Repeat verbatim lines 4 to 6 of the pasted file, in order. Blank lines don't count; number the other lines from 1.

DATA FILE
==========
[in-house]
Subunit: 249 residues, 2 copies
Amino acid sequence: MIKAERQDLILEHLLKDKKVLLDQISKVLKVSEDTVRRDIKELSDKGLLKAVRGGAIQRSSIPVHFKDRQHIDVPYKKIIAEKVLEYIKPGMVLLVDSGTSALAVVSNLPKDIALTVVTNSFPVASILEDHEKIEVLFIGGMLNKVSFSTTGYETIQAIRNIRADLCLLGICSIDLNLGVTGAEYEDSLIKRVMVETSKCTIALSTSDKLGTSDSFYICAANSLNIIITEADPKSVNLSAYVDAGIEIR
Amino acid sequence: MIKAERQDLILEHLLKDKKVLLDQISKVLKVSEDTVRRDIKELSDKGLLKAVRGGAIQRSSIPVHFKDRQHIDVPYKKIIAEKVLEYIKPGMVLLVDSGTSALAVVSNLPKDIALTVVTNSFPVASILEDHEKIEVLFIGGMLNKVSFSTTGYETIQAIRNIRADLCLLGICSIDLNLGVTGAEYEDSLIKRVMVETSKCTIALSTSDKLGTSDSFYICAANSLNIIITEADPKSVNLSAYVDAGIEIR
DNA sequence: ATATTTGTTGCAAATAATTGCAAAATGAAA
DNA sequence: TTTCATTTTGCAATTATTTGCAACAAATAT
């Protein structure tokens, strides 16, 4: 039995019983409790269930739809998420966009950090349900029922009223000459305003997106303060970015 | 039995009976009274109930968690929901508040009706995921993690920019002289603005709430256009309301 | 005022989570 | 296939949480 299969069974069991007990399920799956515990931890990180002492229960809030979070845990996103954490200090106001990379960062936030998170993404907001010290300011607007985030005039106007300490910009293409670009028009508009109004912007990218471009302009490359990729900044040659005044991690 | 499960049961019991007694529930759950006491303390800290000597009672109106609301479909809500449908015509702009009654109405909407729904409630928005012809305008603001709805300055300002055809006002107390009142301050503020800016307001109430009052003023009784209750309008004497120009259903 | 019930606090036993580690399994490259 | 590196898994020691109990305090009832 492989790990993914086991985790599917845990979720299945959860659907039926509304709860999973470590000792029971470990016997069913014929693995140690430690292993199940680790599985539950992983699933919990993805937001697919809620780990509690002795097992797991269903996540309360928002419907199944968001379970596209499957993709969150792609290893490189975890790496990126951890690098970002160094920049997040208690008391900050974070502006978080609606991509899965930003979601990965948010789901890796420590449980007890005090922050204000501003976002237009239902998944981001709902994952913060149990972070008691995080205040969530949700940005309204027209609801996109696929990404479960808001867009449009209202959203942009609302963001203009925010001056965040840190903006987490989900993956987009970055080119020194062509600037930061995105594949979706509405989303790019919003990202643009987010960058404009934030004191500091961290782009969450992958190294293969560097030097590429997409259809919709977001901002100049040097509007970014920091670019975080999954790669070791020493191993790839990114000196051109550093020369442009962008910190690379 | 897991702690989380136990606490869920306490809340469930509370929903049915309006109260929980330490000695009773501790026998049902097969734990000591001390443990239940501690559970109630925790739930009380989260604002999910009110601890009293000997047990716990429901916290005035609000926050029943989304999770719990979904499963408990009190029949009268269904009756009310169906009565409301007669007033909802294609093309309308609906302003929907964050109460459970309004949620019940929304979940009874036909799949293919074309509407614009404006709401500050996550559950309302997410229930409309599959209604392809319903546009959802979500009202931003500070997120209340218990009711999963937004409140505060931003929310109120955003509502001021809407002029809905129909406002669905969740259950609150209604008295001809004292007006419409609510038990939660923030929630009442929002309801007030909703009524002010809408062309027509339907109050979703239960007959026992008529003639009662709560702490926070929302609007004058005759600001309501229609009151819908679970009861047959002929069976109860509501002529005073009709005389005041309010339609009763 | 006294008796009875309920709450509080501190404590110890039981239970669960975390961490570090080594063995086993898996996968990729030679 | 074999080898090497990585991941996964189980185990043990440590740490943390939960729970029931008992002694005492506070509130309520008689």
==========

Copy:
Amino acid sequence: MIKAERQDLILEHLLKDKKVLLDQISKVLKVSEDTVRRDIKELSDKGLLKAVRGGAIQRSSIPVHFKDRQHIDVPYKKIIAEKVLEYIKPGMVLLVDSGTSALAVVSNLPKDIALTVVTNSFPVASILEDHEKIEVLFIGGMLNKVSFSTTGYETIQAIRNIRADLCLLGICSIDLNLGVTGAEYEDSLIKRVMVETSKCTIALSTSDKLGTSDSFYICAANSLNIIITEADPKSVNLSAYVDAGIEIR
DNA sequence: ATATTTGTTGCAAATAATTGCAAAATGAAA
DNA sequence: TTTCATTTTGCAATTATTTGCAACAAATAT